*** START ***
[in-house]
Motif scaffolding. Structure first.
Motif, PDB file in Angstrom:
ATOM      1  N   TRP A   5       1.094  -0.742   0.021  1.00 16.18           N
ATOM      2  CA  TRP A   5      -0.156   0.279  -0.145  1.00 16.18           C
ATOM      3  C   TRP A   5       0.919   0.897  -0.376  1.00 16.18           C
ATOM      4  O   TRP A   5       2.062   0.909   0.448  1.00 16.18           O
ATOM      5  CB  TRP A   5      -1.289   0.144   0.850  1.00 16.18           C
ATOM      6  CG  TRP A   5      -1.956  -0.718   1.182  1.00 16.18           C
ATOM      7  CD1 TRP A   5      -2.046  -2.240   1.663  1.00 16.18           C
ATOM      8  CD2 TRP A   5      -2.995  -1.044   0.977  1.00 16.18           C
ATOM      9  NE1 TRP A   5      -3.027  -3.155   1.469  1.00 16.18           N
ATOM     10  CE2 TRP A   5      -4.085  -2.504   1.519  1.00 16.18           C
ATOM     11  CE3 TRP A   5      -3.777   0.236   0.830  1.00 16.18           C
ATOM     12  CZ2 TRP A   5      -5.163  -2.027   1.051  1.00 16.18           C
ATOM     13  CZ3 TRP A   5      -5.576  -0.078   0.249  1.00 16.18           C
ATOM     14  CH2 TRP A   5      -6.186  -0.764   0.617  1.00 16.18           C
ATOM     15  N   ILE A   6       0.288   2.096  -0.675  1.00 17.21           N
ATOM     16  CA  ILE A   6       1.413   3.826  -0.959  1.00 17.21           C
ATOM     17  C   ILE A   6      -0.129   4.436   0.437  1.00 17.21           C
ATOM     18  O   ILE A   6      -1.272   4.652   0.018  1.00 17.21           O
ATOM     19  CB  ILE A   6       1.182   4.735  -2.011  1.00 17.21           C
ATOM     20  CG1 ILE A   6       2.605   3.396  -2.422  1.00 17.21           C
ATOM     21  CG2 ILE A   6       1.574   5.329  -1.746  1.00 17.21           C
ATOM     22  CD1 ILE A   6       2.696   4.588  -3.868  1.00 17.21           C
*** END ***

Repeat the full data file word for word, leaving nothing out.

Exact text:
[in-house]
Motif scaffolding. Structure first.
Motif, PDB file in Angstrom:
ATOM      1  N   TRP A   5       1.094  -0.742   0.021  1.00 16.18           N
ATOM      2  CA  TRP A   5      -0.156   0.279  -0.145  1.00 16.18           C
ATOM      3  C   TRP A   5       0.919   0.897  -0.376  1.00 16.18           C
ATOM      4  O   TRP A   5       2.062   0.909   0.448  1.00 16.18           O
ATOM      5  CB  TRP A   5      -1.289   0.144   0.850  1.00 16.18           C
ATOM      6  CG  TRP A   5      -1.956  -0.718   1.182  1.00 16.18           C
ATOM      7  CD1 TRP A   5      -2.046  -2.240   1.663  1.00 16.18           C
ATOM      8  CD2 TRP A   5      -2.995  -1.044   0.977  1.00 16.18           C
ATOM      9  NE1 TRP A   5      -3.027  -3.155   1.469  1.00 16.18           N
ATOM     10  CE2 TRP A   5      -4.085  -2.504   1.519  1.00 16.18           C
ATOM     11  CE3 TRP A   5      -3.777   0.236   0.830  1.00 16.18           C
ATOM     12  CZ2 TRP A   5      -5.163  -2.027   1.051  1.00 16.18           C
ATOM     13  CZ3 TRP A   5      -5.576  -0.078   0.249  1.00 16.18           C
ATOM     14  CH2 TRP A   5      -6.186  -0.764   0.617  1.00 16.18           C
ATOM     15  N   ILE A   6       0.288   2.096  -0.675  1.00 17.21           N
ATOM     16  CA  ILE A   6       1.413   3.826  -0.959  1.00 17.21           C
ATOM     17  C   ILE A   6      -0.129   4.436   0.437  1.00 17.21           C
ATOM     18  O   ILE A   6      -1.272   4.652   0.018  1.00 17.21           O
ATOM     19  CB  ILE A   6       1.182   4.735  -2.011  1.00 17.21           C
ATOM     20  CG1 ILE A   6       2.605   3.396  -2.422  1.00 17.21           C
ATOM     21  CG2 ILE A   6       1.574   5.329  -1.746  1.00 17.21           C
ATOM     22  CD1 ILE A   6       2.696   4.588  -3.868  1.00 17.21           C